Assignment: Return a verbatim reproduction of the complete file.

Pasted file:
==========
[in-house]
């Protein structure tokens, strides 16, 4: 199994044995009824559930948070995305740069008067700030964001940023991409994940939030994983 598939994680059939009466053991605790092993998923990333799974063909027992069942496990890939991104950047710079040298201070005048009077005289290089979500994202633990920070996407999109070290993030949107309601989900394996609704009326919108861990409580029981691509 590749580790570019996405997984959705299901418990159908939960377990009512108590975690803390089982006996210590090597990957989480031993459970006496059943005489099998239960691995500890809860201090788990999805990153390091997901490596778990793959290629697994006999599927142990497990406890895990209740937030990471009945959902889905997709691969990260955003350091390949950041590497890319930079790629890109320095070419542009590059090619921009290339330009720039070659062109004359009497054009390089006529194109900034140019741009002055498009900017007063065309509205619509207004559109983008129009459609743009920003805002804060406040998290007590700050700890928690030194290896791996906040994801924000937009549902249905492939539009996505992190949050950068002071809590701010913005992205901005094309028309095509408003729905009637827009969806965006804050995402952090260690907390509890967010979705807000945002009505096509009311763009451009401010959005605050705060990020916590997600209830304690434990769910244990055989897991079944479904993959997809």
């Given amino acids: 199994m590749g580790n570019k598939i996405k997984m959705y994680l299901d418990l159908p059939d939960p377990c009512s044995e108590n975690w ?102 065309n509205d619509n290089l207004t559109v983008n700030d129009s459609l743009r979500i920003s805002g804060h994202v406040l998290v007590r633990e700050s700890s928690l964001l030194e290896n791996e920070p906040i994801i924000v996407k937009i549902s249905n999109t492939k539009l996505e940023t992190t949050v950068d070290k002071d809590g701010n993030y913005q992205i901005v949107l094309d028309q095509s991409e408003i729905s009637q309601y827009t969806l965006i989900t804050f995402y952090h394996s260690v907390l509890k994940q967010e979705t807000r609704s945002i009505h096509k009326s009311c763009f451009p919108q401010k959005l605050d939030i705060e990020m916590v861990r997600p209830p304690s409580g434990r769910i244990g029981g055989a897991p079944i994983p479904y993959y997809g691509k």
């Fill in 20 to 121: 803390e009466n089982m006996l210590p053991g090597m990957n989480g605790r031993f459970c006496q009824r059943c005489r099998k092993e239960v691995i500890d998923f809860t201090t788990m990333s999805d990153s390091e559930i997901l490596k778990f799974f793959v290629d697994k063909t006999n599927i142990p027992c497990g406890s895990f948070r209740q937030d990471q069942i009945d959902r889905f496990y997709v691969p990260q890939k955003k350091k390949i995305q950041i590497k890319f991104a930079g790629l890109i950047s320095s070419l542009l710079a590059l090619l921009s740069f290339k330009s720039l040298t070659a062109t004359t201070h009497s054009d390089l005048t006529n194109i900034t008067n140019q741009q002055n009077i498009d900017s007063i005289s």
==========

[in-house]
């Protein structure tokens, strides 16, 4: 199994044995009824559930948070995305740069008067700030964001940023991409994940939030994983 598939994680059939009466053991605790092993998923990333799974063909027992069942496990890939991104950047710079040298201070005048009077005289290089979500994202633990920070996407999109070290993030949107309601989900394996609704009326919108861990409580029981691509 590749580790570019996405997984959705299901418990159908939960377990009512108590975690803390089982006996210590090597990957989480031993459970006496059943005489099998239960691995500890809860201090788990999805990153390091997901490596778990793959290629697994006999599927142990497990406890895990209740937030990471009945959902889905997709691969990260955003350091390949950041590497890319930079790629890109320095070419542009590059090619921009290339330009720039070659062109004359009497054009390089006529194109900034140019741009002055498009900017007063065309509205619509207004559109983008129009459609743009920003805002804060406040998290007590700050700890928690030194290896791996906040994801924000937009549902249905492939539009996505992190949050950068002071809590701010913005992205901005094309028309095509408003729905009637827009969806965006804050995402952090260690907390509890967010979705807000945002009505096509009311763009451009401010959005605050705060990020916590997600209830304690434990769910244990055989897991079944479904993959997809």
């Given amino acids: 199994m590749g580790n570019k598939i996405k997984m959705y994680l299901d418990l159908p059939d939960p377990c009512s044995e108590n975690w ?102 065309n509205d619509n290089l207004t559109v983008n700030d129009s459609l743009r979500i920003s805002g804060h994202v406040l998290v007590r633990e700050s700890s928690l964001l030194e290896n791996e920070p906040i994801i924000v996407k937009i549902s249905n999109t492939k539009l996505e940023t992190t949050v950068d070290k002071d809590g701010n993030y913005q992205i901005v949107l094309d028309q095509s991409e408003i729905s009637q309601y827009t969806l965006i989900t804050f995402y952090h394996s260690v907390l509890k994940q967010e979705t807000r609704s945002i009505h096509k009326s009311c763009f451009p919108q401010k959005l605050d939030i705060e990020m916590v861990r997600p209830p304690s409580g434990r769910i244990g029981g055989a897991p079944i994983p479904y993959y997809g691509k």
């Fill in 20 to 121: 803390e009466n089982m006996l210590p053991g090597m990957n989480g605790r031993f459970c006496q009824r059943c005489r099998k092993e239960v691995i500890d998923f809860t201090t788990m990333s999805d990153s390091e559930i997901l490596k778990f799974f793959v290629d697994k063909t006999n599927i142990p027992c497990g406890s895990f948070r209740q937030d990471q069942i009945d959902r889905f496990y997709v691969p990260q890939k955003k350091k390949i995305q950041i590497k890319f991104a930079g790629l890109i950047s320095s070419l542009l710079a590059l090619l921009s740069f290339k330009s720039l040298t070659a062109t004359t201070h009497s054009d390089l005048t006529n194109i900034t008067n140019q741009q002055n009077i498009d900017s007063i005289s």